There are many interesting areas to stop, look at, walk through and enjoy throughout Barcelona. One of the emblematic areas is a neighborhood called El Raval.
Enjoyed by locals and visitors alike, El Raval, which is derived from the Arabic word Rabad, is defined as a neighborhood or a district. Once home to a cluster of convents and hospitals, El Raval is currently one of the four distinct and uniquely different districts of Ciutat Vella (Barcelona’s old town) and has become a multicultural mosaic of people from all over the world.
The largest of Ciutat Vella’s four districts, El Raval is actually a suburb of Barcelona and, according to many of the local inhabitants – it is the real Barcelona. El Raval actually lies across Las Ramblas, near the Barrio Gótico and stretches all the way over to the Ronda de Sant Pau.
El Raval is divided into two distinct areas. North of the Carrer de l´Hospital it is a somewhat gentrified area which contains MACBA (Barcelona’s Contemporary Art Museum). To the south, in the direction of the port area, visitors can find Barri Chino (Chinatown), an area that probably got its name from Francesco Madrid, a writer who dubbed this area El Chino (or Chinatown) because it reminded him of some streets in San Francisco’s world-famous Chinatown.
According to studies conducted by one of Barcelona’s most prominent newspapers, El Raval is the world’s most ethnically and culturally diverse urban space, a tiny corner of the city off Las Ramblas of little more than one square kilometre … and home to about 40.000 people, most of whom were born outside of Catalonia.
Interestingly, El Raval was hemmed in by city walls until 1859. At that time, the walls were demolished so that the rapidly-growing city could expand.
The area inside the walls was home to open fields and convents until the mid-19th century when construction of textile mills and workers’ houses began throughout its network of narrow, winding streets. As a result of this industrialization and because of its close proximity to the port, El Raval developed into a neighborhood with a high immigrant population and lots of social problems.
El Raval has always been one of Barcelona’s poorest districts and its dark, seedy side has provided it with a reputation of a district that is unsafe and dangerous. Visitors to Barcelona need to know - in advance - that El Raval is where petty crimes occur most often, especially at night.
Though in 1988, Barcelona’s City Council started a huge and expensive urban renewal project that was designed to modernize, clean up and reconstruct the area. Entire apartment blocks have since been torn down to widen narrow, dark streets and make them seem safer. MACBA (the Contemporary Art Museum) and the nearby area, including the enormous Plaça dels Angels (Square of Angels) have replaced some of the old, sinister-looking streets. Additionally, since its completion, more gentrification has taken place and there are now new bars, restaurants, art galleries and bohemian shops in and around the surrounding streets.
El Raval’s major historic buildings include the Gothic Antic Hospital de la Santa Creu which currently houses the Catalan National Library and one of Gaudi’s earliest works – the astonishing Palau Guell, a palace which was commissioned by Gaudi’s patron Eusebi Guell. Palau Guell is situated in Nou de La Rambla street and was built between 1886 and 1890. It’s a somewhat anonymous looking building in the front, unless you look up and see the multi-colored chimneys on its roof (18 in total) all of which are covered with trendicas (a special technique that uses broken pieces of pottery).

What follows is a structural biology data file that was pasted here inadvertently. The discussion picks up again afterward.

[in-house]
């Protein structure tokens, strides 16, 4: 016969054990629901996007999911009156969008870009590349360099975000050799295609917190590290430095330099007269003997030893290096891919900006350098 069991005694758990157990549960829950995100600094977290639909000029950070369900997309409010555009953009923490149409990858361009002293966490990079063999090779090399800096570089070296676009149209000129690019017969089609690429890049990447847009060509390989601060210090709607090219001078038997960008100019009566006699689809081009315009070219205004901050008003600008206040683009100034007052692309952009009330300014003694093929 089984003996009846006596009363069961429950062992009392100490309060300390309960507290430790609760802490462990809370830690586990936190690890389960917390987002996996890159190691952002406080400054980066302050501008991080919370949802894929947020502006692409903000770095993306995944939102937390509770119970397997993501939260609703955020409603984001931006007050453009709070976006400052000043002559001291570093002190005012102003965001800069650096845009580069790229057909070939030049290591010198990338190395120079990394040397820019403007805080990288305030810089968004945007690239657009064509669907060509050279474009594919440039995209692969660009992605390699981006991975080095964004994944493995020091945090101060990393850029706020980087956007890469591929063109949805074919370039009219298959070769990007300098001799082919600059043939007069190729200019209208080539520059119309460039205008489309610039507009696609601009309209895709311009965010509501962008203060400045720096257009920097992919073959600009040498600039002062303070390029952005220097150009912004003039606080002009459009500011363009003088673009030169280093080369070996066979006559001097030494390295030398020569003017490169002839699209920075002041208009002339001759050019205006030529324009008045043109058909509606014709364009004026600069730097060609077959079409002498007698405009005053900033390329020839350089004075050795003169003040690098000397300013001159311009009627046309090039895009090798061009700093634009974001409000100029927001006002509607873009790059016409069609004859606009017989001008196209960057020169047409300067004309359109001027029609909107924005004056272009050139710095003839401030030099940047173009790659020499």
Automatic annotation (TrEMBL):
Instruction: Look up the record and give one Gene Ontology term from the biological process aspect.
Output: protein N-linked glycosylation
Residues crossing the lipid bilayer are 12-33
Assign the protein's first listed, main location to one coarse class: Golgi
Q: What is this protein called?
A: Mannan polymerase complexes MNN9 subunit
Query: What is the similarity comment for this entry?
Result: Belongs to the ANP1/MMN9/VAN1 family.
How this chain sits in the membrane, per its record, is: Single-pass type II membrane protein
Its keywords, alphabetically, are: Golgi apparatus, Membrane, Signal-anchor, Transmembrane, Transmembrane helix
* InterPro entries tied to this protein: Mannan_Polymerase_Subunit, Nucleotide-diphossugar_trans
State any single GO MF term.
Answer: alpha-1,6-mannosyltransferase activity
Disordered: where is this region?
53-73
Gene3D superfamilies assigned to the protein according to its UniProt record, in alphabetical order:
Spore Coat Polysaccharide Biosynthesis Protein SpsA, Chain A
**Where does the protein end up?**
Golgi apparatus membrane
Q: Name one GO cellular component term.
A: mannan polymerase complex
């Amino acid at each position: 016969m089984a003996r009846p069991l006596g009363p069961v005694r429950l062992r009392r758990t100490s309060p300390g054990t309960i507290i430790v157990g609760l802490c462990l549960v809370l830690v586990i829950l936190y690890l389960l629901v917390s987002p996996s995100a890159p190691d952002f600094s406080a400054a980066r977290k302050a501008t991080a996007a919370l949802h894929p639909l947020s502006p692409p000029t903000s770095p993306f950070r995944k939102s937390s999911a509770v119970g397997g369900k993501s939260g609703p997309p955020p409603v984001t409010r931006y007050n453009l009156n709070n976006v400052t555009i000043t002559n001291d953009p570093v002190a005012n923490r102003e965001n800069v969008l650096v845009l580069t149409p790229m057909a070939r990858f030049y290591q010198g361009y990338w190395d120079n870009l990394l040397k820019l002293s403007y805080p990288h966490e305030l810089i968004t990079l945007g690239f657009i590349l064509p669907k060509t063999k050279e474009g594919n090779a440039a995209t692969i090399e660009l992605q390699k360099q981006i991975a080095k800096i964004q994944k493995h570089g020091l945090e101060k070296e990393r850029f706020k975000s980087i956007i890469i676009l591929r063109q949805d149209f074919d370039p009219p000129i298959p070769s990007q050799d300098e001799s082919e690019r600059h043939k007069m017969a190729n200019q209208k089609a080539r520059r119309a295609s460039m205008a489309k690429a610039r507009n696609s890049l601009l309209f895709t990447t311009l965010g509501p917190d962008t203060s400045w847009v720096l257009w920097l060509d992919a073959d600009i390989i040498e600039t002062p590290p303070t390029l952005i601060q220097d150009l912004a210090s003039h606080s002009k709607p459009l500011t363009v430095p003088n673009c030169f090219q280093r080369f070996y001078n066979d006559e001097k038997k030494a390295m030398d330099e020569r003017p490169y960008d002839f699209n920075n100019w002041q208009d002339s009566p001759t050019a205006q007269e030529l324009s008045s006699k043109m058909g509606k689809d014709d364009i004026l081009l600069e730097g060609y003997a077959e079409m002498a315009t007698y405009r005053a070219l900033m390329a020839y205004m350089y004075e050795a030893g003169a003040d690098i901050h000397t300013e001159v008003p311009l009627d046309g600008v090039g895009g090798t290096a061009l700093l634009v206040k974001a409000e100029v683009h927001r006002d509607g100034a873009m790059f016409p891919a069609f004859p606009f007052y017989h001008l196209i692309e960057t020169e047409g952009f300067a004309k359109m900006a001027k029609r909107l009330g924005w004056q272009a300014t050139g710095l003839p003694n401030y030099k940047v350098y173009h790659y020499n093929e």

One of the “must-see” highlights in El Raval is a Cat sculpture by Columbian sculptor Fernando Botero. The Cat arrived in Barcelona in 1987 and has been relocated twice. It currently can be seen in Rambla del Raval street which is actually one of the areas opened by the City Council. The street, which has many trees, reminds many people of Las Ramblas which is a tree lined boulevard with open terraces. However, Las Ramblas is considered far more popular and picturesque because Rambla de Raval street has a high density of immigrants many of whom are from Pakistan. In fact, the street has been nicknamed Rambla de Pakistan.
El Raval is a good area for shoppers. Its little streets are populated with many privately-owned tiny boutiques, where you can find clothes and accessories generally not available anywhere else. Visitors to the area can also buy fresh produce at the La Boqueria market (also located in El Raval), which is Barcelona’s best-known market, famous for a broad range of food products.
Importantly, because El Raval is centrally-located in the heart of the city, it is easy to go from there - on foot -to other parts of Barcelona to see other major sights and historic districts, such as Barrio Gotico and El Born.
How to get there:
By metro: red Line 1, green Line 3 - Plaça Catalunya stop, green Line 3 – Liceu stop.
By bus: 24, 120
Some useful tips:
If you go to El Raval at night, be sure to keep your personal belongings close to you and watch out, petty crime can be a problem.
The main sights to see.
MACBA (Contemporary Art Museum)
Gothic Antic Hospital de la Santa Creu (Gothic Hospital of St. Crusifiction)
Palau Guell (Guell´s Palace by Antonio Gaudi)
La Boqueria market
El Raval is interesting – and a little dangerous – for locals and visitors alike. There is much to see and do here … as long as you remain cautious and careful.